Is Beyond Meat's Rapid Run a Sign of an IPO-Driven Bubble?
After pricing its IPO at a modest $19 to $21 per share, Beyond Meat could be set to touch over $100 soon.
That might be a problem for investors worried about a pullback.
The Los Angeles-based company surged over 7% on Thursday, touching a valuation near $6 billion that makes it nearly three times as valuable as fellow burger staple Shake Shack , a company that has reported consecutive profitable quarters.
While this is not overly concerning on the face, the disparity in profits for each burger vendor is marked.
In a familiar refrain for 2019 IPOs, Beyond Meat's IPO filings not the company has yet to make a profit and losses have actually widened in recent years.
"We have generated losses since inception," an S-1 filing states.
"Net loss in 2016, 2017 and 2018 was $25.1 million, $30.4 million and $29.9 million, respectively, as we invested in innovation and growth of our business." According to a Bernstein analysis , this type of dynamic is present in 80% of IPO filings presented in 2019, reaching a fever pitch not seen since the late 90's.
"The IPO calendar this year reminds me quite a bit of 1999 where you've got a lot of companies coming public.
Many of them have less than stellar operating results but, but maybe great stories in the long-term, we just don't know," Michael Cuggino, President of the Permanent Portfolio Family of Fund told TheStreet.
"Certainly there's some companies, Lyft and Uber being two of them, in a disruptive industry that's growing but really questionable as to the operating metrics in the long term." He added that the stock surge for the companies cited indicate that people simply believe there will continue to be more buyers at higher levels amid the momentum, rather than any analysis of the underlying company.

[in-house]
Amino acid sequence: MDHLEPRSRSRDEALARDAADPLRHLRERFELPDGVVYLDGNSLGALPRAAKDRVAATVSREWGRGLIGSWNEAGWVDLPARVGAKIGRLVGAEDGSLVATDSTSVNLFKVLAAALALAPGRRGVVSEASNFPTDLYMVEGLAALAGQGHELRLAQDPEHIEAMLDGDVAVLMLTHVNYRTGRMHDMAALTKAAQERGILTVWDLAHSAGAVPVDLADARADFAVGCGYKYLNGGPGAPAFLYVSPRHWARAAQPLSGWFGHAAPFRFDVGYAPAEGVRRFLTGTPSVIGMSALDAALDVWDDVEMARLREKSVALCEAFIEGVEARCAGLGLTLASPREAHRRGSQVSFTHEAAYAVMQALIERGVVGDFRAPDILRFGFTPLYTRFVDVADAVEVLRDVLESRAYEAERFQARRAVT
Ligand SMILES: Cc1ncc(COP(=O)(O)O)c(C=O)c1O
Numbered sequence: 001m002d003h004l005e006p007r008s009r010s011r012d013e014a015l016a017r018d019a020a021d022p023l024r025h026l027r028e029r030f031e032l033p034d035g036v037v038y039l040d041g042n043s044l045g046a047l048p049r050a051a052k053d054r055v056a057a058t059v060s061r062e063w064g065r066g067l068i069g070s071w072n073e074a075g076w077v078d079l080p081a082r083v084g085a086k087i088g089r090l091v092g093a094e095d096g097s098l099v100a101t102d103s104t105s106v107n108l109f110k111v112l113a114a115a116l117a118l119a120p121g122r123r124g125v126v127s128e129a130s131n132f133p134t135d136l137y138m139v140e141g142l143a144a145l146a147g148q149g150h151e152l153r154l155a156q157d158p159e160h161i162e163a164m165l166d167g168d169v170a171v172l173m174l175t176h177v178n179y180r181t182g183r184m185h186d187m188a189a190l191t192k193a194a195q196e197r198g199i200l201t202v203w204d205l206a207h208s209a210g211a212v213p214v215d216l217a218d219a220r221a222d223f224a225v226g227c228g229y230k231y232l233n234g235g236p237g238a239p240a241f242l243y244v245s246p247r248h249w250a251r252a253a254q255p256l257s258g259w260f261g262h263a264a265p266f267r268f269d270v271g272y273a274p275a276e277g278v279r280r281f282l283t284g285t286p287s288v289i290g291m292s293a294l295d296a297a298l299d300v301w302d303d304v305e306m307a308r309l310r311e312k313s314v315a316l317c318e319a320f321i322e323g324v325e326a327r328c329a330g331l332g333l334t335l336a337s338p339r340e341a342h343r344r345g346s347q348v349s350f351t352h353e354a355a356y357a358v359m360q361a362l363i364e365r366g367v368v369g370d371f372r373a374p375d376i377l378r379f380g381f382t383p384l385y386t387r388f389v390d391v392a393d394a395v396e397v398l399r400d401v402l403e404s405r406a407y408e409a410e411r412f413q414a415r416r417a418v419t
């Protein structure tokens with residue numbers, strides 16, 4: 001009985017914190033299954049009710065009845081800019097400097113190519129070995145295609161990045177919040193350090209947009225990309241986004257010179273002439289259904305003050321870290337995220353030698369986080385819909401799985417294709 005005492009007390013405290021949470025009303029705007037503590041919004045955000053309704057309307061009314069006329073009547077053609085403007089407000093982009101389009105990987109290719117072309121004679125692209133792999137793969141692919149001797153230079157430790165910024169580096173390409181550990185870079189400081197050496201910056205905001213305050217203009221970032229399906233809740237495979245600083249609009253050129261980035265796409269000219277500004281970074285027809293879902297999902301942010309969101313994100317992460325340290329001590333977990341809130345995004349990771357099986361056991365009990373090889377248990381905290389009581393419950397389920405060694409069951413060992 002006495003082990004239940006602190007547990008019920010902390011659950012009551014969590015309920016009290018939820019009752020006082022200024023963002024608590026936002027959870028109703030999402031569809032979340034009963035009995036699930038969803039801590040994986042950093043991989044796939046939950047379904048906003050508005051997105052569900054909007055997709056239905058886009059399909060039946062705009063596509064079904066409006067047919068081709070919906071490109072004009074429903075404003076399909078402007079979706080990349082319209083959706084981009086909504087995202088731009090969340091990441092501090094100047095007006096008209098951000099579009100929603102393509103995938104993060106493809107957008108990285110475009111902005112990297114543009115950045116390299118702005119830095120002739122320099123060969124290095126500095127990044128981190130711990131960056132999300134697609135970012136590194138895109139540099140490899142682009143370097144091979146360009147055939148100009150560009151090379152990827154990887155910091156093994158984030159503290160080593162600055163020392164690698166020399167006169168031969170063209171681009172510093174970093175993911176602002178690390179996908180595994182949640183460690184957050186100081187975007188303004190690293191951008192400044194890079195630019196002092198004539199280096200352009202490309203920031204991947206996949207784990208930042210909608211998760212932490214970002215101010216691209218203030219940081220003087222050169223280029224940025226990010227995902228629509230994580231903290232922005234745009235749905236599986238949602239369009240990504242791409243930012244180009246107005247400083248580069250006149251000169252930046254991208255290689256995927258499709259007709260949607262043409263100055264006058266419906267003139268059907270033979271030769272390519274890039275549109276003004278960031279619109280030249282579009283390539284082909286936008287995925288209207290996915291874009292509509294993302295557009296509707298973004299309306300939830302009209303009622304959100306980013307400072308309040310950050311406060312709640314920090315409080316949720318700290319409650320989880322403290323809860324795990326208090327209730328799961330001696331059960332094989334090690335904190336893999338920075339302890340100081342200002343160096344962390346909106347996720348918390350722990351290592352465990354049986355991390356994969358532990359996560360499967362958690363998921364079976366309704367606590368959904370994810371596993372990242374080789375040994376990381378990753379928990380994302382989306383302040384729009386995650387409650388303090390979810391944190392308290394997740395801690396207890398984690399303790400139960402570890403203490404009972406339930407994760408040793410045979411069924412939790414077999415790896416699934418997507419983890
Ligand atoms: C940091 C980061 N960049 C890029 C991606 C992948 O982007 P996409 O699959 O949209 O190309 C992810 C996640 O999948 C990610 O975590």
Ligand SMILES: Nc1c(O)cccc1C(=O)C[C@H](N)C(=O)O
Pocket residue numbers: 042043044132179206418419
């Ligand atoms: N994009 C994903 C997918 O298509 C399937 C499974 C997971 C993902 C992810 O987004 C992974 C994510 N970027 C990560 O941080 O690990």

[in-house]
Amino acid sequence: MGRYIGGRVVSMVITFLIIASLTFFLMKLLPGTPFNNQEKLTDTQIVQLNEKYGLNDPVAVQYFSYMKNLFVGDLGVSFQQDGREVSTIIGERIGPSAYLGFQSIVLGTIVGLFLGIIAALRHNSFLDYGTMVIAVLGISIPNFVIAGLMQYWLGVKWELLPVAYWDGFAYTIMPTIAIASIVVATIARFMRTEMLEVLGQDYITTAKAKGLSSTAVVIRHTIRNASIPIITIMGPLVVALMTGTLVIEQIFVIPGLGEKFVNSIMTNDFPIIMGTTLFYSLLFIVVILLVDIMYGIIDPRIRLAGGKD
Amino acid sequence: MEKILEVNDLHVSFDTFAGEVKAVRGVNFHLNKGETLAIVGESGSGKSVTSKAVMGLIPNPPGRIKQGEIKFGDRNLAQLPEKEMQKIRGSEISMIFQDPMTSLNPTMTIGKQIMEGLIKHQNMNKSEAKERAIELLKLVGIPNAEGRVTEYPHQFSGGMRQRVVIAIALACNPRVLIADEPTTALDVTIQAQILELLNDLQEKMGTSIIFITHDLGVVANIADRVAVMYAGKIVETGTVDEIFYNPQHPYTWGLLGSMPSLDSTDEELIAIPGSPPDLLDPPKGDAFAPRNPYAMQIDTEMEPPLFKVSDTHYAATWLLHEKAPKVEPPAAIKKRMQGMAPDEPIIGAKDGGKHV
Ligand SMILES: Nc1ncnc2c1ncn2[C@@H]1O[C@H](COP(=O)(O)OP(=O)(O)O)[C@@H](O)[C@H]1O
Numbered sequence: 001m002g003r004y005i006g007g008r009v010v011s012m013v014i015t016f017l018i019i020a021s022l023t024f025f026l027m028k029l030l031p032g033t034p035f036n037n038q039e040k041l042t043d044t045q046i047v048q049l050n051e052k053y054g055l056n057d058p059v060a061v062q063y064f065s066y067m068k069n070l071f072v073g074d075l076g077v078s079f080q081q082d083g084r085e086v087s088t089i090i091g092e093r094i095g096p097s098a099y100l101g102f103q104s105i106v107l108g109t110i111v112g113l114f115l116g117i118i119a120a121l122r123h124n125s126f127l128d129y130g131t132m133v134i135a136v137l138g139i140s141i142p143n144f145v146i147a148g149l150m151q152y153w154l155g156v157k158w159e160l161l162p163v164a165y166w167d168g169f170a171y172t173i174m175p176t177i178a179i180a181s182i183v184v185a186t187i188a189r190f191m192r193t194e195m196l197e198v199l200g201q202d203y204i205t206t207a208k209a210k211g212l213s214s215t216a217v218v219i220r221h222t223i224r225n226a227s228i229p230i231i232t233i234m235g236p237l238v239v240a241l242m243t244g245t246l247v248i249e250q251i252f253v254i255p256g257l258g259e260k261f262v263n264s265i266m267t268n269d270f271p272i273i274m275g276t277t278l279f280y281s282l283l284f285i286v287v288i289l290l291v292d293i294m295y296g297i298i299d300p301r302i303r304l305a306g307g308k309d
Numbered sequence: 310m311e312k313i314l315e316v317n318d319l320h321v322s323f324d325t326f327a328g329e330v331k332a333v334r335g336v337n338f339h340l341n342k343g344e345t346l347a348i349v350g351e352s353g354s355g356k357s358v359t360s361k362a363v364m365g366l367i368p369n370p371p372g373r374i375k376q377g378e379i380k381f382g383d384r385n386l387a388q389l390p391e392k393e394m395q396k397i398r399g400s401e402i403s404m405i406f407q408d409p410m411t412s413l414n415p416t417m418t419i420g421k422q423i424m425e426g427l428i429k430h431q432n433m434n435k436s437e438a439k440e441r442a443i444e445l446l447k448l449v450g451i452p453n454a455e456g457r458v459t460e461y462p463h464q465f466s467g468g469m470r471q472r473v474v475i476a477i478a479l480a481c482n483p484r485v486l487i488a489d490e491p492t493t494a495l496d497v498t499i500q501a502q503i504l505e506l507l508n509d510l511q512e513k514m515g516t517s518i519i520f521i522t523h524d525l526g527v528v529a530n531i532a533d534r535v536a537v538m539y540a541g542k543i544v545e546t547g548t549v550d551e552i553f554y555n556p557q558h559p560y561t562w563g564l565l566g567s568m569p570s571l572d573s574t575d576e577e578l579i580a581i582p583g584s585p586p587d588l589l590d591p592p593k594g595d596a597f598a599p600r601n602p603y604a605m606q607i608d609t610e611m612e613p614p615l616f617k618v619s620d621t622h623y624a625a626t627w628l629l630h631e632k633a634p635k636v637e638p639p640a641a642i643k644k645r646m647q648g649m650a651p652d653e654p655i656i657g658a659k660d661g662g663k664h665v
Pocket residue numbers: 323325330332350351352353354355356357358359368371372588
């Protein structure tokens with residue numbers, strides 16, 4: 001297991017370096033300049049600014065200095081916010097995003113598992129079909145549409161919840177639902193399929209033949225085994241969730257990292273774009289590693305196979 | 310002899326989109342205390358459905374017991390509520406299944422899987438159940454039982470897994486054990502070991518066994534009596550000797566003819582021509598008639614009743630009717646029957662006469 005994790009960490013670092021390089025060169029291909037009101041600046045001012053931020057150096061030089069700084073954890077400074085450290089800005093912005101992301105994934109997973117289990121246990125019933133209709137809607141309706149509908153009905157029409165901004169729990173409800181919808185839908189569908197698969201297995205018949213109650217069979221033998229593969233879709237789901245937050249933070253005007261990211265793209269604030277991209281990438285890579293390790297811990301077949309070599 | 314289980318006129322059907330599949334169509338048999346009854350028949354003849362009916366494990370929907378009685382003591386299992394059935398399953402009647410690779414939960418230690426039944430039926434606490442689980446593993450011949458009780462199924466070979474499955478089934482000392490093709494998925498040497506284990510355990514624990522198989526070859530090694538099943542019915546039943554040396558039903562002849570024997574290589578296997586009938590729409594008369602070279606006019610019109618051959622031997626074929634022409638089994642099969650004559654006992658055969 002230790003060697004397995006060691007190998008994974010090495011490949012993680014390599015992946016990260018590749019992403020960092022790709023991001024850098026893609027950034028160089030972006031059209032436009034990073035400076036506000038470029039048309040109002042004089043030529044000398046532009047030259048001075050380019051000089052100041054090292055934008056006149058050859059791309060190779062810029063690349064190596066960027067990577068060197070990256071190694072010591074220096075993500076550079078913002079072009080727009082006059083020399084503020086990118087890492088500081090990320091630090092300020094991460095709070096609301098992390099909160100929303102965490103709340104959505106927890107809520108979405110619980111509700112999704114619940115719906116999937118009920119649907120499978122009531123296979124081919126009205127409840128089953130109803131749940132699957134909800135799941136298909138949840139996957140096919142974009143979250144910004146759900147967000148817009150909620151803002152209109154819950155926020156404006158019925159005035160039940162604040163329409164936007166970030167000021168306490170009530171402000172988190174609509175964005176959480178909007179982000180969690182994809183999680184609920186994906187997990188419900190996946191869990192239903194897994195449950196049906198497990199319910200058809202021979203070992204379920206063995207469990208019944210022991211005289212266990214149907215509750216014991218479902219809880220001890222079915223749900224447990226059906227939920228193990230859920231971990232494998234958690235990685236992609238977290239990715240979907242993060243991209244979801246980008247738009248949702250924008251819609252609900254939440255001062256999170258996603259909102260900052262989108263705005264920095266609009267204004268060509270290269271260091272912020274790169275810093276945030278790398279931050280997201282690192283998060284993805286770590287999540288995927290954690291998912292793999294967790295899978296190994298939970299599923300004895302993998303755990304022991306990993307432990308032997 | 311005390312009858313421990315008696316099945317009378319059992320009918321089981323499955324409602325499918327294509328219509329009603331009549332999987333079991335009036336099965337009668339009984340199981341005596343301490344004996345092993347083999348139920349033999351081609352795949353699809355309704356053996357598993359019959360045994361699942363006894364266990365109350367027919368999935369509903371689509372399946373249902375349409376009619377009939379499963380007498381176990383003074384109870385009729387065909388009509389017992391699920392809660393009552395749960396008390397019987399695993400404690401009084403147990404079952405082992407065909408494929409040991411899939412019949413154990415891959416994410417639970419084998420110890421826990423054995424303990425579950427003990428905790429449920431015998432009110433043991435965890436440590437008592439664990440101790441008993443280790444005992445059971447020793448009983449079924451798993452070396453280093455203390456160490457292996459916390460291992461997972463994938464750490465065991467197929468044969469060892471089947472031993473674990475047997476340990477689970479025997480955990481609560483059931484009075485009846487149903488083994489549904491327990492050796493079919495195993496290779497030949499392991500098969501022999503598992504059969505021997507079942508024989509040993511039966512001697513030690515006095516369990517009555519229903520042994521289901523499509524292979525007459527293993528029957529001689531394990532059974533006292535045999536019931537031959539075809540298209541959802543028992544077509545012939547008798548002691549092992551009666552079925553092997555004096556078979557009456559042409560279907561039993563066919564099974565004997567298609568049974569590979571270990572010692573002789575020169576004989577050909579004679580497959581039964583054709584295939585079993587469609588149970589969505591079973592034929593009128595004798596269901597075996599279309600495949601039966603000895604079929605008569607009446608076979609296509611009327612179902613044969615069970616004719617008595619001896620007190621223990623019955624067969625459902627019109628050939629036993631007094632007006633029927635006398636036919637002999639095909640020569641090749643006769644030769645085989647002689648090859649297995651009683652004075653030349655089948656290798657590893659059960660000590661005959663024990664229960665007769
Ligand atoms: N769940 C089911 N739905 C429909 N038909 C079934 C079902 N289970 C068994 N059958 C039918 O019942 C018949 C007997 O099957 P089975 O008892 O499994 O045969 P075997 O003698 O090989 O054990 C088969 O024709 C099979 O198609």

"It looks like people are just assuming some fool will buy in above them," he said.
"What happens when there are no fools left?" Cuggino explained that public markets are generally less amenable to consistent losses than private markets, where many of these companies have subsisted for years.
Amazon and Tesla are notable historical exceptions to that rule, but certainly not every company has a Jeff Bezos or an Elon Musk atop their corporate totem poles.
He added that it's possible that these companies, like Pinterest or the sizzling Beyond Meat, do in fact achieve their goals of seriously shifting the landscape of their respective industries.
However, it is extremely difficult to justify their stock moves at present.
"We don't know how these business plans are going to pan out in the long term at the moment," Cuggino concluded.
"We generally don't invest in companies where we can't see a path to profitability.
And I think there's generally in some of these companies, a much more risky path to profitability, or at least an uncertain one that makes it as an investment for a long term investor like us, a little bit difficult to swallow." Whether your vegan or not, Beyond Meat's valuation is certainly hard to swallow at this point and its making the 2019 IPO picture somewhat unpalatable overall.